The country is waiting to see if Aam Aadmi Party can bring participatory government to the fore
Arvind Kejriwal will soon take oath as the new chief minister of Delhi. No chief ministerial candidate has generated such national euphoria.
Much before the party could be recognised as a regional party by the Election Commission, Kejriwal’s Aam Aadmi Party (AAP) had assumed a national identity. Hitch-hiking on country-wide anti-corruption mood in 2011, Kejriwal is no more an individual but a symbol of aam aadmi’s very common agenda.
His ascent to the chief ministerial position in Delhi marks culmination of a critical phase of civil society's experiment with electoral politics. Rather, his is an updated phase of civil society's lesser known but old tryst with electoral politics.
India has many people’s movements that proudly assumed political identity; in fact, most of them declared this upfront to gain more credibility. India’s rural areas have a long history of such experiments. Most of these experiments revolve around rights over local resources, and are rural by constituency. More importantly, these experiments never suffered from the disjoint between governance and politics. They demand political changes that ensure people’s rights over land, forest and water, among other things. They proactively facilitate electoral events like campaigning to push their agenda among politicians. Their electoral success is negligible but they still are the prologue of AAP experiment.
After much debate, the Mazdoor Kisan Shakti Sangathan (MKSS), a people’s movement working on Right To Information and led by Aruna Roy, work and ethical electoral process, fielded candidates for local bodies in Rajasthan. Already enjoying popular support, the candidates were successful. However, it has not furthered the electoral base of MKSS. But the decision to stick to local government is the lesson to be learnt. MKSS’ campaign for transparency in governance brought it closer to communities. At the local government level, issues bring more electoral mileage than party affiliation, and there is more direct interaction between candidates and voters. So, MKSS figured out the contour of its electoral foray well.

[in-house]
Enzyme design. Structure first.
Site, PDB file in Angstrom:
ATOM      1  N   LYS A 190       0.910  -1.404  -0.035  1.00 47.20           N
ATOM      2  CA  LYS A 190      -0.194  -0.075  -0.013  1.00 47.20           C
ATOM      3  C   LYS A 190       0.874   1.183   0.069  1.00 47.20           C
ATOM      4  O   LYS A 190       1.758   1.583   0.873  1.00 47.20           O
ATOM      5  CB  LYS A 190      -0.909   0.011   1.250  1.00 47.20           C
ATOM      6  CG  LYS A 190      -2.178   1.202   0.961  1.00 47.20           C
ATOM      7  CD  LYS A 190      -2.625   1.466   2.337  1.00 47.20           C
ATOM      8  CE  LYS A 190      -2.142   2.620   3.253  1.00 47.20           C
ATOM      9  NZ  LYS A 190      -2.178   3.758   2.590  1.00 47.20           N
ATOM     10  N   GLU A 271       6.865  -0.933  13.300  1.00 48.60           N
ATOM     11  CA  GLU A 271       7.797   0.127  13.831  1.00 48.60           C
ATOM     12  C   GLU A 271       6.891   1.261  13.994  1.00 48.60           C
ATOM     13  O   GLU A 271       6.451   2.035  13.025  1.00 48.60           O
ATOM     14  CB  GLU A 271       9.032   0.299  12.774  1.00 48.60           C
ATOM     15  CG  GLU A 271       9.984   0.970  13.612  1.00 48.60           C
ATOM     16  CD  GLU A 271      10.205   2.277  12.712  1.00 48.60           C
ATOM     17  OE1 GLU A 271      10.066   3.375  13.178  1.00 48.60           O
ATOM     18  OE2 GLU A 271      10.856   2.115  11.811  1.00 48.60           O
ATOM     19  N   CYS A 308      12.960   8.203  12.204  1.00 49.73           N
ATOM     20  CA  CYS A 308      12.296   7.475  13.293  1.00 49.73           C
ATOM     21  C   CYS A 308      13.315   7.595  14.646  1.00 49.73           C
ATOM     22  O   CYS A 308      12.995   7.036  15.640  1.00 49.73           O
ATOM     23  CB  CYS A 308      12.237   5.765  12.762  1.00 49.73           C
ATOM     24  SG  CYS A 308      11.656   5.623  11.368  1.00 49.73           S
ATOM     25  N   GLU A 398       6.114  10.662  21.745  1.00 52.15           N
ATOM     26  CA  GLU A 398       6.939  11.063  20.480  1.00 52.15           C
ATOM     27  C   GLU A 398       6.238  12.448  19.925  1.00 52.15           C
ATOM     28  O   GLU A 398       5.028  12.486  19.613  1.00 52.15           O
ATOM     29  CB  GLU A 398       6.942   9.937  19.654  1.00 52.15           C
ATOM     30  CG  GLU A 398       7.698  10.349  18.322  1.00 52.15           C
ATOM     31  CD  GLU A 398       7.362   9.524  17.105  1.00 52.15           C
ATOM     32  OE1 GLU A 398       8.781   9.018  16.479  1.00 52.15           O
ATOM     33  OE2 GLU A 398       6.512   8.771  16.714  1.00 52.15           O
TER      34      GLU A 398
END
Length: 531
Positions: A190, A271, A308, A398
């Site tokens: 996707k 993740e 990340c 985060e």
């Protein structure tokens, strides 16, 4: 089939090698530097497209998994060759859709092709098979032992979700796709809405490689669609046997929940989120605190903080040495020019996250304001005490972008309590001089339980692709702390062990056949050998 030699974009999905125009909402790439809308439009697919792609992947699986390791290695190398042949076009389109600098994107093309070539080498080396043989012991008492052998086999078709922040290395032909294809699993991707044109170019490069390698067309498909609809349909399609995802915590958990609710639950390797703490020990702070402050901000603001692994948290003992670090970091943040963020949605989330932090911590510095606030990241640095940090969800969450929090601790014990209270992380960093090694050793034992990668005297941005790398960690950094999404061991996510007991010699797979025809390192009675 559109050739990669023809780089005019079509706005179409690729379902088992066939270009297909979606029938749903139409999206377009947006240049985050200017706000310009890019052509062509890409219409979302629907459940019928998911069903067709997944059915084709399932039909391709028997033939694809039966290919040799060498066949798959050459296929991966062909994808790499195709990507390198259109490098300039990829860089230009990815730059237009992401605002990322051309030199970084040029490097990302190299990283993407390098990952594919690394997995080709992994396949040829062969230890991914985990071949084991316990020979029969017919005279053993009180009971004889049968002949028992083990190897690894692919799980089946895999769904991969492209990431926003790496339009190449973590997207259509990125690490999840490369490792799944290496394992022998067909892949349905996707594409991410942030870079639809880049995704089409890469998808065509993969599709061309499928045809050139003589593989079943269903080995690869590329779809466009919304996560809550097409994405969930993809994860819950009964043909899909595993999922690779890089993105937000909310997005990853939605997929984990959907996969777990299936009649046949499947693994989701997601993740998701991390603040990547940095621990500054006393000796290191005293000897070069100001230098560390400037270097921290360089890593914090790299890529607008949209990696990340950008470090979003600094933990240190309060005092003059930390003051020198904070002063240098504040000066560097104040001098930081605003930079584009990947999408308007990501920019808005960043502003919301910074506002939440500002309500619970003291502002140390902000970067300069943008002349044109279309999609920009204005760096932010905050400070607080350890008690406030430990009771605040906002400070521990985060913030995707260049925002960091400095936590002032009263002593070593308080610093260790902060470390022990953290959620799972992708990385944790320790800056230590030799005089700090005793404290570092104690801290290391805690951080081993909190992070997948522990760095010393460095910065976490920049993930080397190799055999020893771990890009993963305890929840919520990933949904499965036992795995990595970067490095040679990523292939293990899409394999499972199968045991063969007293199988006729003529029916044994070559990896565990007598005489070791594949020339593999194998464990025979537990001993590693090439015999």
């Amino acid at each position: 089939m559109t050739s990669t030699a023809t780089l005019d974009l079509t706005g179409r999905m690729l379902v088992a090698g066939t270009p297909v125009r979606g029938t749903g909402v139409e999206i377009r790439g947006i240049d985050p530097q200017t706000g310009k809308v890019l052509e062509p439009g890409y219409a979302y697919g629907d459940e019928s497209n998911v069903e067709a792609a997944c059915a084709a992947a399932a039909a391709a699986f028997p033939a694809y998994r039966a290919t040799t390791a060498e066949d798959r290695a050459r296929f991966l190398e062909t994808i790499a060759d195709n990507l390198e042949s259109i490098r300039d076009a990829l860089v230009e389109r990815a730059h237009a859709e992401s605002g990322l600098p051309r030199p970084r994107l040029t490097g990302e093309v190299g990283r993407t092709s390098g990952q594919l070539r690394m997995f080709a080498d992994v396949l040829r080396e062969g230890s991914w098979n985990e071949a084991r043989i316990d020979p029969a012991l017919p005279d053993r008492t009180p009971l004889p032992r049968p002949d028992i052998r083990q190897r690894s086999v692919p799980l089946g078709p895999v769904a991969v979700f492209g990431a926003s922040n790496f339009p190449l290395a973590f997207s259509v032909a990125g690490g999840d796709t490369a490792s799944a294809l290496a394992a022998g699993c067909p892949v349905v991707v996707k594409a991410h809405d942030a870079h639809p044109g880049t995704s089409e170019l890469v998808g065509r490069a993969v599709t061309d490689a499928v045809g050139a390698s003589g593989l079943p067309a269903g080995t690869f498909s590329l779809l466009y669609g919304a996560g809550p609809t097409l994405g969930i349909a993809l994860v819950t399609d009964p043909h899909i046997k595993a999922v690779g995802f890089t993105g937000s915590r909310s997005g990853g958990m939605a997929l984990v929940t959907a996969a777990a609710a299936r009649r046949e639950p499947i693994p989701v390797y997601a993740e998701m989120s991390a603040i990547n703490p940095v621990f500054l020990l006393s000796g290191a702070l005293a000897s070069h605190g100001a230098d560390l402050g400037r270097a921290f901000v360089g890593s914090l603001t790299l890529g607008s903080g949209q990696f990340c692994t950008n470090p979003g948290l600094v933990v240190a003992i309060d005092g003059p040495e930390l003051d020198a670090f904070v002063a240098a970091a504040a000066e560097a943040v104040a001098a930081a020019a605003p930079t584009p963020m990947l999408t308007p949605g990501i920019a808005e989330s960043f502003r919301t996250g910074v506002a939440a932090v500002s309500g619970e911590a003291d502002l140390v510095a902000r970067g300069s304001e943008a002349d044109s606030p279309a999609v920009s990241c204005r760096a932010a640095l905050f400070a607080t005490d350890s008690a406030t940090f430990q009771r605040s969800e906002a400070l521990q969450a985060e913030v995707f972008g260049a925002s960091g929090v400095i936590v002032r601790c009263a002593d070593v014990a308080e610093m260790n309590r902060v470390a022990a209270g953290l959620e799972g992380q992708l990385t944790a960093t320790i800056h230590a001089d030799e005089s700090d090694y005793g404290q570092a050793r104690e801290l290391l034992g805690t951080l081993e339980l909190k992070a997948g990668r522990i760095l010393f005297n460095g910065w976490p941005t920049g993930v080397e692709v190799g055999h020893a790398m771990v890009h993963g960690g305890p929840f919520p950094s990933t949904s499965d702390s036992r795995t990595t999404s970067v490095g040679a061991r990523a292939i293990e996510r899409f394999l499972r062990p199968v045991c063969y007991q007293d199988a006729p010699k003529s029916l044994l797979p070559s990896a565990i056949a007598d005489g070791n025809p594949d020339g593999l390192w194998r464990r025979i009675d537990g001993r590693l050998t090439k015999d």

India’s largest association of people’s movements, the National Alliance of People’s Movements (NAPM), entered electoral politics in 2004 after rigorous internal debate. The alliance was set up in 1992 to offer solidarity to various communities fighting violation of their rights. NAPM terms itself a non-party political movement. In 2004, it created the People’s Political Front, a separate but related wing that can contest elections. By doing this, NAPM retained its non-party image. The Front promises an alternative to the Delhi-centric political parties, a promise the Team Anna has also maintained. One of NAPM’s founders, the Samajwadi Jan Parishad, registered itself as a political party in 1995. Kejriwal's key member Yogendra Yadav is a member of this party. It has been contesting elections since; it puts up candidates for panchayat, assembly and parliamentary elections. Its argument for joining party politics is: over the years it mobilised communities on local issues, but these are appropriated by political parties during elections. Once the elections are over, the issues get a burial; demanding another round of mobilisation. The Jan Parishad did not perform well in assembly and parliamentary elections but has achieved some success in panchayat elections.
The above experiments show that people’s movements have been electorally successful at the local government level. Many leaders from these parties point out that politicisation of people’s movements has not reached a level where they will impact Assembly and parliamentary elections, but panchayats provide the best possible opportunity because they involve local issues and facilitate direct interaction between leaders and voters.
But the AAP has expanded this experiment not only in scope but also in terms of electoral success. This is a new turn in the civil society’s journey on electoral path. Notwithstanding the seemingly popular promises of the AAP, its consistent focus on involving people in its decision-making process is a new trend for political parties. From Saturday, the AAP will steer a government used to conventional machination. How will its promise of participatory governance change this? The whole country is waiting for this to unfold.
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